This article was first published in the November/December 2019 UK edition of
Accounting and Business magazine.

There were enough red flags flying in Thomas Cook’s last annual report to wrap the leaning tower of Pisa.

Here are a few from the travel company’s annual report for the year to 30 September 2018: sales rose but profits fell; interest costs overwhelmed earnings before interest and tax (Ebit); the dividend was passed; net debt swelled as cash flowed out; two changes of finance director in 12 months; weaknesses in internal controls. The financial review includes the dreaded words ‘the group’s lenders remain supportive’.

Should a question have been raised over its going concern status? It was – as discussed in the auditor’s report from EY, which crawled over cashflow forecasts, covenant resets, business plans, and so on. It ended up concurring ‘with the directors that no significant uncertainty has been identified’.

The antidote to hindsight is that the company had a turnround plan, for which the lenders had provided additional ‘headroom’. It could sell its airline and this year received several bids (later abandoned). With a name like Thomas Cook, one might have expected a rescue bid or investment, ahead of its collapse (rather than waiting until it had to be salvaged by Hays Travel during the administration process). And who knew in the autumn of 2018 that the following holiday seasons were going to be worse than expected?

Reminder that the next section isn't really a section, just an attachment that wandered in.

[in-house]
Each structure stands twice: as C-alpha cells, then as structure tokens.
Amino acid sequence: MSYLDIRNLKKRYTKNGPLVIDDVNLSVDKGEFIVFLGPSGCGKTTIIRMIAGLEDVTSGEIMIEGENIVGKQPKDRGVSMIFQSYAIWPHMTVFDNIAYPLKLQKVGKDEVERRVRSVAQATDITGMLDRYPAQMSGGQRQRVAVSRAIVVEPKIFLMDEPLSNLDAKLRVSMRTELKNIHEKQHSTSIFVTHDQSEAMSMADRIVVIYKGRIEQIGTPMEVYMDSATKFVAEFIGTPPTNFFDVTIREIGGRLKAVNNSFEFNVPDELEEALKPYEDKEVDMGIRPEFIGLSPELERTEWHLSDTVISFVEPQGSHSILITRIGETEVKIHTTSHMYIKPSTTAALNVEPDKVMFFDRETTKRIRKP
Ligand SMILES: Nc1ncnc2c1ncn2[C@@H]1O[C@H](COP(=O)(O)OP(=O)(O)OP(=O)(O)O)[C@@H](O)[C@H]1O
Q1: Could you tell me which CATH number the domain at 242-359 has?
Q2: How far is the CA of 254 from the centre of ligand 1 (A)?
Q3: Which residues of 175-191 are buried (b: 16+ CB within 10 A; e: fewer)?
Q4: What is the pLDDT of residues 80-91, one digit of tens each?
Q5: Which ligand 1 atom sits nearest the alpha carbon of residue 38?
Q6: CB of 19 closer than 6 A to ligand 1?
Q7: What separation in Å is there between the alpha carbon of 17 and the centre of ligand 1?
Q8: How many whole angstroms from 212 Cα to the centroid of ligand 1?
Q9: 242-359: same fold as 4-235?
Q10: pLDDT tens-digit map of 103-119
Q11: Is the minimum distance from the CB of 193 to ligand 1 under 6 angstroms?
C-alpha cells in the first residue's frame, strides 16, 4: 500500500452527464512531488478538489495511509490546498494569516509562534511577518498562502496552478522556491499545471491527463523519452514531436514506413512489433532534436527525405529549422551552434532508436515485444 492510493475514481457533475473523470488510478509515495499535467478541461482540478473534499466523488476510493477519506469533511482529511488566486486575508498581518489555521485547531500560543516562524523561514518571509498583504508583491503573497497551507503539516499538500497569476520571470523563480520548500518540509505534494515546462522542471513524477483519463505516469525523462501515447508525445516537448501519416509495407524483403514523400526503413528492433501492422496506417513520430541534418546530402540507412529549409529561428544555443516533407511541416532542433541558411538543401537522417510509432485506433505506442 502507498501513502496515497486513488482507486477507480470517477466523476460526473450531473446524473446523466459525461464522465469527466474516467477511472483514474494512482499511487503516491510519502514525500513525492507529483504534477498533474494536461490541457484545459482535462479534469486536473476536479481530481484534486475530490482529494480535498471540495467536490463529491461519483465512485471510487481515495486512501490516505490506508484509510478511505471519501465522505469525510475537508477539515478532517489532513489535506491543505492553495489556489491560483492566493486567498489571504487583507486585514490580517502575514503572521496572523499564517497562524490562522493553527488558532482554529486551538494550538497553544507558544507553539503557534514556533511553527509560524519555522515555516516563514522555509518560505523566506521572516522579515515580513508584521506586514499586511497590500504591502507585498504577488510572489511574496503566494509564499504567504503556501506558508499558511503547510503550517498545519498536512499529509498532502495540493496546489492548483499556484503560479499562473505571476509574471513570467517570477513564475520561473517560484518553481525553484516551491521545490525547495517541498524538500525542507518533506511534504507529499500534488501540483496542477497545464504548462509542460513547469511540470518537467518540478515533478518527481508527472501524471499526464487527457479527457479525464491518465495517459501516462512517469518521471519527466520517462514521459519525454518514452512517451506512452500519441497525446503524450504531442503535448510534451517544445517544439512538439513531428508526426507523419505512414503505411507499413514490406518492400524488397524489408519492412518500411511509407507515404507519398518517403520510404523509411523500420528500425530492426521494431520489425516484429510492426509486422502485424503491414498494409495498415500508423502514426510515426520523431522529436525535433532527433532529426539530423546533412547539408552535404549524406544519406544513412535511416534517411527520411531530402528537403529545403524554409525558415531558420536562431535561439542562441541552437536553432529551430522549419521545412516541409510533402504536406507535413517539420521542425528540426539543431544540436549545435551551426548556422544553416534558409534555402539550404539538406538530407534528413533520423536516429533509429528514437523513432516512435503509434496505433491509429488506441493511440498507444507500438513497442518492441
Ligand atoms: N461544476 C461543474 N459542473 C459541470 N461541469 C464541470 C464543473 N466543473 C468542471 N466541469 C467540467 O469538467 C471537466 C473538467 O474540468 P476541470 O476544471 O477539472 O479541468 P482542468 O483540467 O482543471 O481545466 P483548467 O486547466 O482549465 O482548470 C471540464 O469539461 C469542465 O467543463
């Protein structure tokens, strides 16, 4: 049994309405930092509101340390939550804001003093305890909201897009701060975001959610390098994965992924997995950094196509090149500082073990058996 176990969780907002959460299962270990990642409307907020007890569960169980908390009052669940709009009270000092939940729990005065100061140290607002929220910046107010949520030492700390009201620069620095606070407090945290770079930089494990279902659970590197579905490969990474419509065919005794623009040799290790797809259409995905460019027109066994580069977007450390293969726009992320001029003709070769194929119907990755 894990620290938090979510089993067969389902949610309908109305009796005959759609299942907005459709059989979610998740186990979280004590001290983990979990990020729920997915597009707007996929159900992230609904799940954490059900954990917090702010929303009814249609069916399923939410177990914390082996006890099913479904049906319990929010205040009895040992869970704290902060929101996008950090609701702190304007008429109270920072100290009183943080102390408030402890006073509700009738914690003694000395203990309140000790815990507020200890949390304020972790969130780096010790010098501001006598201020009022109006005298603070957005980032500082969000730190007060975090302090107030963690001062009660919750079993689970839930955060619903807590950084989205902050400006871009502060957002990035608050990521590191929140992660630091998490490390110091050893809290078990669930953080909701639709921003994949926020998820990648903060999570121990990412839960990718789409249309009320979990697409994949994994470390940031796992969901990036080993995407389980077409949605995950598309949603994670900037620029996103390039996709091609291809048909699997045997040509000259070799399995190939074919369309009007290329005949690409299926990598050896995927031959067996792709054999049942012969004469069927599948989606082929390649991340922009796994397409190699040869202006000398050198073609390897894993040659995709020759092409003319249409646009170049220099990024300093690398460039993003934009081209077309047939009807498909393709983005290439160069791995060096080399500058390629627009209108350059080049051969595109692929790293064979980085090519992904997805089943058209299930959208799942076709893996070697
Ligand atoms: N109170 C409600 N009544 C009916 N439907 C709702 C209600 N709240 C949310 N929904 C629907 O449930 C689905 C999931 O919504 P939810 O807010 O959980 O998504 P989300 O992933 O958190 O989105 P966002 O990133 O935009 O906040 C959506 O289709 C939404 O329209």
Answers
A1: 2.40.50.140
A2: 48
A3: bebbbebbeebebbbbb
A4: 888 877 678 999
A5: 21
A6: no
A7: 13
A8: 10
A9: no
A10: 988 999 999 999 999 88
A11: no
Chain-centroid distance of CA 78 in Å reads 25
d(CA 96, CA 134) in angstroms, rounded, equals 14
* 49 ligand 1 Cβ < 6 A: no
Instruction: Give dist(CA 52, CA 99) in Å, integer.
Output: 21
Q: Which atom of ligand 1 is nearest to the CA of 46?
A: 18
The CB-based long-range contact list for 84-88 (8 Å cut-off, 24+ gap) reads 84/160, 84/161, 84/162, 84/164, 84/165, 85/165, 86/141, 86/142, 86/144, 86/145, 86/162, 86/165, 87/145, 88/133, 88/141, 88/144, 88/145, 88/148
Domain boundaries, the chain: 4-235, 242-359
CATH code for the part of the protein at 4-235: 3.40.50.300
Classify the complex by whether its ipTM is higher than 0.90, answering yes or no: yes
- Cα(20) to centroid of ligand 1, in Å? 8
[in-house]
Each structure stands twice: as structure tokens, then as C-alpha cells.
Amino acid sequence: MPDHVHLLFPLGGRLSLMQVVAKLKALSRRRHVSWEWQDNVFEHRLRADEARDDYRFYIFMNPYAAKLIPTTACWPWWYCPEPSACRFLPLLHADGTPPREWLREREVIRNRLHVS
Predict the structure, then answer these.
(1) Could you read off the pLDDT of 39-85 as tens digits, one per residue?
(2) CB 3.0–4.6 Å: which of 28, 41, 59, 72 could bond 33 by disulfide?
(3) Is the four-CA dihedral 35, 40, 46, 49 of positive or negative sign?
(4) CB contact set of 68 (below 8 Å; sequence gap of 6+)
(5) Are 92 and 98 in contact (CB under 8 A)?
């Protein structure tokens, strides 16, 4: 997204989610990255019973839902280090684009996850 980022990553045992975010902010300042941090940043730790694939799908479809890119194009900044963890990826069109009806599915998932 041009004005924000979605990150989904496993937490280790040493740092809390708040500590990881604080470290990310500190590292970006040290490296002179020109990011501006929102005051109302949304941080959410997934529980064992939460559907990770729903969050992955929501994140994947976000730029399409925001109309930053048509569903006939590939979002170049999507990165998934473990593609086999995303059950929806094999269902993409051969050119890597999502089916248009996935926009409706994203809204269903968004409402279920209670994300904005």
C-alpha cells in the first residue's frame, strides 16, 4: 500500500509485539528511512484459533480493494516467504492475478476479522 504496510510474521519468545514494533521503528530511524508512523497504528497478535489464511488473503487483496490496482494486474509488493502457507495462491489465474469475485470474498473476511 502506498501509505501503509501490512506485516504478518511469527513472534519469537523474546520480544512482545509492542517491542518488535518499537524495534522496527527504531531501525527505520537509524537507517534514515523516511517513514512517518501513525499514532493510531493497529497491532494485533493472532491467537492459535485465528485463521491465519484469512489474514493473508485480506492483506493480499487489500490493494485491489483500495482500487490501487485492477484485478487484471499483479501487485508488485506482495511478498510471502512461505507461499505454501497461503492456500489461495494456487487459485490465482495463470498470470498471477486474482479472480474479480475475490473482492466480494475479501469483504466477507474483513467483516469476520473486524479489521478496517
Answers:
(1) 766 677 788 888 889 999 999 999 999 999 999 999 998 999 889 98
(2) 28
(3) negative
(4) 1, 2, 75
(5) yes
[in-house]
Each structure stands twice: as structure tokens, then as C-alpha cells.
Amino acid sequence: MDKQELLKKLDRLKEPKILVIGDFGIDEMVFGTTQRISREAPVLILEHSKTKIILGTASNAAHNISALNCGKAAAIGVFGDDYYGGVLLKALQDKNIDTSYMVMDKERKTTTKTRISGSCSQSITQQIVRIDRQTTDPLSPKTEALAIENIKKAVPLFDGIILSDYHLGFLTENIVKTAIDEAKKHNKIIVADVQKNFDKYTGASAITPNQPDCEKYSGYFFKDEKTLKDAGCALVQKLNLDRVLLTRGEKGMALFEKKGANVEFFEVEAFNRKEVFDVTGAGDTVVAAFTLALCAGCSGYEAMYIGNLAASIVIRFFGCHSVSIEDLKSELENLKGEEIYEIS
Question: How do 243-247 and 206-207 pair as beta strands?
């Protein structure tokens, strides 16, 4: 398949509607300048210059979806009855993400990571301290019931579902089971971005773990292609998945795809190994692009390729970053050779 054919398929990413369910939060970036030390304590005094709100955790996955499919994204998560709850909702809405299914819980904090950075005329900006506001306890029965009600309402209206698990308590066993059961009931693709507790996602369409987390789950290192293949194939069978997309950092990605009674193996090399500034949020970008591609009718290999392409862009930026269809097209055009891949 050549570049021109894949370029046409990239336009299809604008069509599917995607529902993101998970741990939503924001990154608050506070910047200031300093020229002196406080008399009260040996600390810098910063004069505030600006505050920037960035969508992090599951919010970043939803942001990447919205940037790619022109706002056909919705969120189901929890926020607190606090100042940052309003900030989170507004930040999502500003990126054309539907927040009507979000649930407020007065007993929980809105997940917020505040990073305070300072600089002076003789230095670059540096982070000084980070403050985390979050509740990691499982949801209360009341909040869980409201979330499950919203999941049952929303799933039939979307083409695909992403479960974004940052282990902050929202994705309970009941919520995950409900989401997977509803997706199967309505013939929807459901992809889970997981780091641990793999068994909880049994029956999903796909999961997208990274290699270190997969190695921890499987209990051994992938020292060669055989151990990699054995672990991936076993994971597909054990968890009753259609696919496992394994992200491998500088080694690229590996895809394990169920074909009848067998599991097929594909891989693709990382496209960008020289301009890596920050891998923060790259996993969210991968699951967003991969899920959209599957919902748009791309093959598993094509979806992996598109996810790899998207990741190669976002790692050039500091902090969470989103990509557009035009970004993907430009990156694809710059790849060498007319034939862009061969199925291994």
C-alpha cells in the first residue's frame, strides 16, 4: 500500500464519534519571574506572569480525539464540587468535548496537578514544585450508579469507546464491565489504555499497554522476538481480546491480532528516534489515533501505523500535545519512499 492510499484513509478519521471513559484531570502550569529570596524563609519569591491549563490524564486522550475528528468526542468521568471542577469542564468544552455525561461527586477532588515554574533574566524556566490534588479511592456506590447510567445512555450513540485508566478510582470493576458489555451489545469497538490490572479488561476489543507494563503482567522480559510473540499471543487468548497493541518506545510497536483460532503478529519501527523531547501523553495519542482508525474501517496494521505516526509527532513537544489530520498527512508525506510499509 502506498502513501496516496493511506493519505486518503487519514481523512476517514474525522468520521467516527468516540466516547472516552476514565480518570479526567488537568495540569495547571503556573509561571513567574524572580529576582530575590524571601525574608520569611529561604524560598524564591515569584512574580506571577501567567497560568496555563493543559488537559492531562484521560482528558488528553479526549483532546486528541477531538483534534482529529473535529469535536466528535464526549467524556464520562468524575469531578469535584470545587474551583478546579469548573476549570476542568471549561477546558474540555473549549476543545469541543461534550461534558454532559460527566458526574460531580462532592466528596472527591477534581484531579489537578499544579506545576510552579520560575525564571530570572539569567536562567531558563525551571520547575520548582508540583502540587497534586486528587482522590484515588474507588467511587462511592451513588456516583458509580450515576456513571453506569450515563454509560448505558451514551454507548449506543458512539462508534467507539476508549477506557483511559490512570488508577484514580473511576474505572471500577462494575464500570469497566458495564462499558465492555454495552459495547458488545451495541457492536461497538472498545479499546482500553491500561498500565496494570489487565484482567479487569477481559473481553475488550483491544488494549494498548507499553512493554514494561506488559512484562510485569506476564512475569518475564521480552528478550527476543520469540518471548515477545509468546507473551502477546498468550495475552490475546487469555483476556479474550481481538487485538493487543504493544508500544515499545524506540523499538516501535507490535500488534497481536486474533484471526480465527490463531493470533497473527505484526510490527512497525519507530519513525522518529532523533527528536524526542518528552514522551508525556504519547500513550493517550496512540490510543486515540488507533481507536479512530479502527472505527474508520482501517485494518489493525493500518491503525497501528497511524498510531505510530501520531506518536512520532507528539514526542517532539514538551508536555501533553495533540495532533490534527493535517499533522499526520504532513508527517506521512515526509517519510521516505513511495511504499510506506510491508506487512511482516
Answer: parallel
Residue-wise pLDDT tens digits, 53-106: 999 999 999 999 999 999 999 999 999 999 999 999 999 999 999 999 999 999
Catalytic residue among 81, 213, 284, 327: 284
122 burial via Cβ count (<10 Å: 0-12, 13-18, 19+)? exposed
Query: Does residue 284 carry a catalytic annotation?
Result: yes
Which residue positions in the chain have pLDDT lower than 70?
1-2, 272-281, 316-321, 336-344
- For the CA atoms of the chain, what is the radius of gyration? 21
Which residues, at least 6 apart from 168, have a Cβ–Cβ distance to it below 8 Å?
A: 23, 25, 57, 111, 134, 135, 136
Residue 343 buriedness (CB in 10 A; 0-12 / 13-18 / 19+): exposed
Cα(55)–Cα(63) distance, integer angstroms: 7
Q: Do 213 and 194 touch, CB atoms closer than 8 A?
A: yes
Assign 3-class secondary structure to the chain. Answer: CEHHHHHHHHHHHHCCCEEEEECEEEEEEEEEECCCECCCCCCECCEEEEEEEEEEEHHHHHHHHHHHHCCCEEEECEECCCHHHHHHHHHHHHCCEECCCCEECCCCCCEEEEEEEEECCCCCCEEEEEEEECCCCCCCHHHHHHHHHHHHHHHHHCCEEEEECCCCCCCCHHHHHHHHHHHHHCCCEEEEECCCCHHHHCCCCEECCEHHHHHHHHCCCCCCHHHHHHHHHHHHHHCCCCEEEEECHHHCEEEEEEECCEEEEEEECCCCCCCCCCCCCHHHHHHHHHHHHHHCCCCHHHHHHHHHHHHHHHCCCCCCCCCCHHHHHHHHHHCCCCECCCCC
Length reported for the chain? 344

EY drew attention to ‘separately disclosed items’ – costs and losses that Thomas Cook excluded from ‘underlying profits’. At least the company had the decency not to call them ‘non-recurring’. These created a large gap between £250m of underlying Ebit and a mere £97m in the statutory equivalent. EY did push back, but this is a common abuse that must be sorted out by standard-setters and supervisors. Most shocking (but again not unique to Thomas Cook) is that ‘underlying Ebit’ featured in both the performance measures used for directors’ bonuses and the basis for determining compliance with banking covenants.

The auditor also questioned the carrying value of goodwill, which at £2.56bn dwarfed equity (loss-absorbing capital) of £291m. Six months later, a £1.1bn impairment was booked as the profits outlook deteriorated. Should the write-down have happened earlier? Maybe, but again problems are rife with accounting for acquired intangibles. At this stage, EY did warn of a ‘material uncertainty related to going concern’.

The Financial Reporting Council, which may investigate Thomas Cook, published a revision to the auditing standard on going concern a few days after its collapse. Would the exhortation to auditors to pay more attention to narrative items, such as principal risks, the business model and potential management bias, have made a difference in the Thomas Cook case? I very much doubt it on the question of the going concern basis for accounting. This looks more a case of management failure in tough market conditions than audit failure.

Jane Fuller is a fellow of CFA Society of the UK and co-director of the Centre for the Study of Financial Innovation.